Ultimate Team, or "FUT" will probably never illicit the lyrical, gushing praise that many have heaped on management sim "Championship/Football Manager," it's far too gauche since you're locked into one formation with any given team which makes it slightly less fascinating some a tactical standpoint.
Oh right, you probably have zero idea what "Ultimate Team" is. The quickest explanation -- and this is massively, pathetically nerdy -- you get cards of real-life players (tiered, bronze, silver and gold by quality) and try to build teams. There are guidelines via formation and there's also chemistry by players of the same league or nationality. There's an auction element to the cards with the artificial FUT market setting the value. In truth, it's one of those thing you just have to try out as trying to explain it probably makes it sound more trouble than it's worth, which could be true.
Either you love it or it's the stupidest thing ever.
Let me tell you though, there's nothing quite like the rush you get for winning Graham Zusi in a bid for about 2,000 virtual coins less than the going rate to find the perfect attacking midfielder for you're silver-card American 3-5-2 formation team.
Yes, among my first card purchases (at this point almost every word could be listed in quotation marks) was Fabian Johnson, whom I play at left midfield despite his left back status. Part of this is because he wasn't part of the game last season, ditto for Danny Williams, Mix Diskerud and Josh Gatt. (Right about here is where I'm seriously thinking of scrapping the proceeding paragraphs. God I am pathetic.)
For whatever the reason, it's a lot of fun trying to craft different teams for the various tournaments they run based on a set of parameters. Or not even for specific tournaments, just to find a fun mix that can win some games. The auction/buying and selling element add another layer to the addiction onion.
There's a learning curve here and when you get your initial shitty bronze level team, it's hard to build a good team, but the payoff is worth it, especially if you have knowledge of the game of soccer and can find bargains or sneakily good players who belie their "overall" rating on the front of the card. Building a team you make, in a formation you like, with players you value is probably more fun that caving in, picking one of the elite five-star teams and facing off yet again against a jerk on the other end playing as Real Madrid.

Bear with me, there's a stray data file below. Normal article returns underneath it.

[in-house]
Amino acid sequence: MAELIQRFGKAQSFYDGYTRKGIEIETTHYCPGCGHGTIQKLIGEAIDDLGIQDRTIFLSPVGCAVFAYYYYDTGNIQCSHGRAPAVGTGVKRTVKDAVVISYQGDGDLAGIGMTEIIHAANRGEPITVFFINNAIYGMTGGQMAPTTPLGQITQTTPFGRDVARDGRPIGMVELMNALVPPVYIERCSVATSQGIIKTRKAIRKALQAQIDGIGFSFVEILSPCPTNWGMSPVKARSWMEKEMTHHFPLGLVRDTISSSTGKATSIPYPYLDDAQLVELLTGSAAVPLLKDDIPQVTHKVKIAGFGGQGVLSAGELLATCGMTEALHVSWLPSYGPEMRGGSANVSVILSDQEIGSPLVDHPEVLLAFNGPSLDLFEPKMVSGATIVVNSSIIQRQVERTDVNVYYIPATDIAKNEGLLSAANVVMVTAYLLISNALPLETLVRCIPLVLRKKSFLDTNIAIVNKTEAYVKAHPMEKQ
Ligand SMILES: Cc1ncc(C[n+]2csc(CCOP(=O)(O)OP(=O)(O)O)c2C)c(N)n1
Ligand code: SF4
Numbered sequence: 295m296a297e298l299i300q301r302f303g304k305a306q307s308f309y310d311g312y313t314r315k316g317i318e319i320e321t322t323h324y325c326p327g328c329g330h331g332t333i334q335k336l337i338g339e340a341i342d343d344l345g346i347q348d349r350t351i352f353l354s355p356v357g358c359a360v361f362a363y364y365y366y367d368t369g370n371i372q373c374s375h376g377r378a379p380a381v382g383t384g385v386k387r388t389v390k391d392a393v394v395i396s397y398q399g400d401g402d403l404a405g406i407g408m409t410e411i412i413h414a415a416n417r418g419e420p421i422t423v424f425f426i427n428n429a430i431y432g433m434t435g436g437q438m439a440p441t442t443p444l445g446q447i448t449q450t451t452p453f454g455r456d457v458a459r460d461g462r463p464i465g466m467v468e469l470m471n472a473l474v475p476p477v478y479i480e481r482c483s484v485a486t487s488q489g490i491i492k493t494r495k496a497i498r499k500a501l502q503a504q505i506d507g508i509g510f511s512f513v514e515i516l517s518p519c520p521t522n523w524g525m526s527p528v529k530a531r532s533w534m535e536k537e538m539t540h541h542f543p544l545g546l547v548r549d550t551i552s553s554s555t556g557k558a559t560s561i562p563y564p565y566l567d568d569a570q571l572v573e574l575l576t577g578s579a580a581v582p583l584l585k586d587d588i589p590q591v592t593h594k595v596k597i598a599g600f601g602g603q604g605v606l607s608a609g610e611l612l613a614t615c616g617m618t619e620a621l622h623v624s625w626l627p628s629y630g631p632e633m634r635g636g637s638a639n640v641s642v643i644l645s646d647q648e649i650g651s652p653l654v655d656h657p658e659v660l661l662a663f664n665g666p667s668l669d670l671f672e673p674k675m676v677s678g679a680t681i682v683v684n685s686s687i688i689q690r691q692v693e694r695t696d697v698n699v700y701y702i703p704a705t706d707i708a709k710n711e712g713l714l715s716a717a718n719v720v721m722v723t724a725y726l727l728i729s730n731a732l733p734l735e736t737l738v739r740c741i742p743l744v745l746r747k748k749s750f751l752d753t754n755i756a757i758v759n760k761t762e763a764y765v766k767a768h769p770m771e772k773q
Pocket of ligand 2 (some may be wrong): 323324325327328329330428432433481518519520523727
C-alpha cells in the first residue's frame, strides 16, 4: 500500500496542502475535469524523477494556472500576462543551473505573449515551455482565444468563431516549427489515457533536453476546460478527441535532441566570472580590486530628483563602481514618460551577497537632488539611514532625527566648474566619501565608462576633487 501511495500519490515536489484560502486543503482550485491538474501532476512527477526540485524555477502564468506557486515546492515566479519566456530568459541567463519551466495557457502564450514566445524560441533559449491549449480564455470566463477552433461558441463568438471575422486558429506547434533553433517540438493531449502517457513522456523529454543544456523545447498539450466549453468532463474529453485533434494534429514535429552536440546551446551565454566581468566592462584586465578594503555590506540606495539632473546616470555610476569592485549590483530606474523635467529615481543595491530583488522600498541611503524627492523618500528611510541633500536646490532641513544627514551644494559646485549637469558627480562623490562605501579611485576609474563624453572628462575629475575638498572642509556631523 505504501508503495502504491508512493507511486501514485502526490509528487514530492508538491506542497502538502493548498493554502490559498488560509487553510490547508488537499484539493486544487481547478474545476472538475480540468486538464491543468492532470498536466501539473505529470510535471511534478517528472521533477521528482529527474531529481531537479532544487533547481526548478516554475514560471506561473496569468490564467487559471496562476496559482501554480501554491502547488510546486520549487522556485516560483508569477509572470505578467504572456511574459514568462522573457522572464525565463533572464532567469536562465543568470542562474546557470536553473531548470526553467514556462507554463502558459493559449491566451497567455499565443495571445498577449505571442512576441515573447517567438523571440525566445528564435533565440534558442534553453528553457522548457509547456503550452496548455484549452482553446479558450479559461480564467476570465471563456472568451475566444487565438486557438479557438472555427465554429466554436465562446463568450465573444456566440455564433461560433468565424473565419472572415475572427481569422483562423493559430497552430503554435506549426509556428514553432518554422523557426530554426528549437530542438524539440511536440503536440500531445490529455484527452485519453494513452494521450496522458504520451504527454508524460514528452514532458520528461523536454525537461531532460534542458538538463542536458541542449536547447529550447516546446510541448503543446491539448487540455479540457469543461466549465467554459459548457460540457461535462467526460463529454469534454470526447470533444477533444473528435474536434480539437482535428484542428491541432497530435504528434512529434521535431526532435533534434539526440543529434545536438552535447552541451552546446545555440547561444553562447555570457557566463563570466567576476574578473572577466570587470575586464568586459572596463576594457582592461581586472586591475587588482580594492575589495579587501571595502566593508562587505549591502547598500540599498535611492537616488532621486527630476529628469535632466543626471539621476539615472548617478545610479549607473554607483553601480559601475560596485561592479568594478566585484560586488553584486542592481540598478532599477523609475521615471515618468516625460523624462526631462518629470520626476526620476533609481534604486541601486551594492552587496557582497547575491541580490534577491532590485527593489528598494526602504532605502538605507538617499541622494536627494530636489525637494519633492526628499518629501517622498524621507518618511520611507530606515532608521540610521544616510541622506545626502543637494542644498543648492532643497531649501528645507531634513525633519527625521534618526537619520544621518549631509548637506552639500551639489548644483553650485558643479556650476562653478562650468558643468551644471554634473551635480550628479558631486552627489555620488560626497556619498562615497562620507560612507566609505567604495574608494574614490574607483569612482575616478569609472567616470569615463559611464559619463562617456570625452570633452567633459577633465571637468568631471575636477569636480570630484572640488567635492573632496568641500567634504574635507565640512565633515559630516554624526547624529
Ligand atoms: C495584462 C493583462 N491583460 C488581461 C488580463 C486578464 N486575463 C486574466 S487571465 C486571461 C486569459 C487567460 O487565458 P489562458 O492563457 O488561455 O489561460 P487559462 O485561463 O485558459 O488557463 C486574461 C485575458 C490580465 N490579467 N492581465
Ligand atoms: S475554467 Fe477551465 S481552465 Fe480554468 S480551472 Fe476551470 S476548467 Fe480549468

It's hard to go any further without mentioning there is an insidious part about Ultimate Team, and probably why EA made it even more prominent in this year's version and that's "microtransactions." You can spend real, U.S. currency to purchase more packs of cards instead of using the game's coins. Five bucks, here and or there, to get a couple packs, what's that, two cups of coffee? Yet I can't fully endorse something that has the potential, if unchecked to suck away a lot of your money for a game. This is likely why EA can ship the game out for $60 and still make a nice profit as the online, digital cash register never stops.
The saving grace on this end is that although you can build your team, manage it, bid for players, etc. via the EA web App, you can't spend real money on it -- only through your console. Otherwise it would be worse than a gambling site or a slot machine, just pumping your money into it. The Web App, of course, is a massive timewaster but in a good way.
Each year it seems more and more there is a grouping of people where FIFA is an enhancement to the actual, living breathing world of soccer. Is it a good thing or a bad thing? If you start thinking everything in the game should translate to the real grass and dirt field, that's a problem and vice versa.
Hey, it's just a game. A fun one at at that.
All this writing got me thinking, is there enough interest out there if I formed an online league (XBox) for people to play it? Would this be a colossal waste of time? Something worthwhile? A chance to use 99 percent of the other teams in the game other than the five-star teams?
Let me know either through a comment, on Twitter, email, whatever, if this is something that would interest you. If there's enough people I'll go ahead and start figuring out people's gamertags and setting it up.
Did I just write all that about a dopey video game?
If you're a person where gaming isn't your thing, no problem. I probably envy you, deep down, in some way. Hope reading this wasn't a colossal waste of your time.
But if you've got the FIFA bug like me, hope to see you in the game.
Bring you're A game.
Oh, you didn't know, all this time I've actually been Snoop.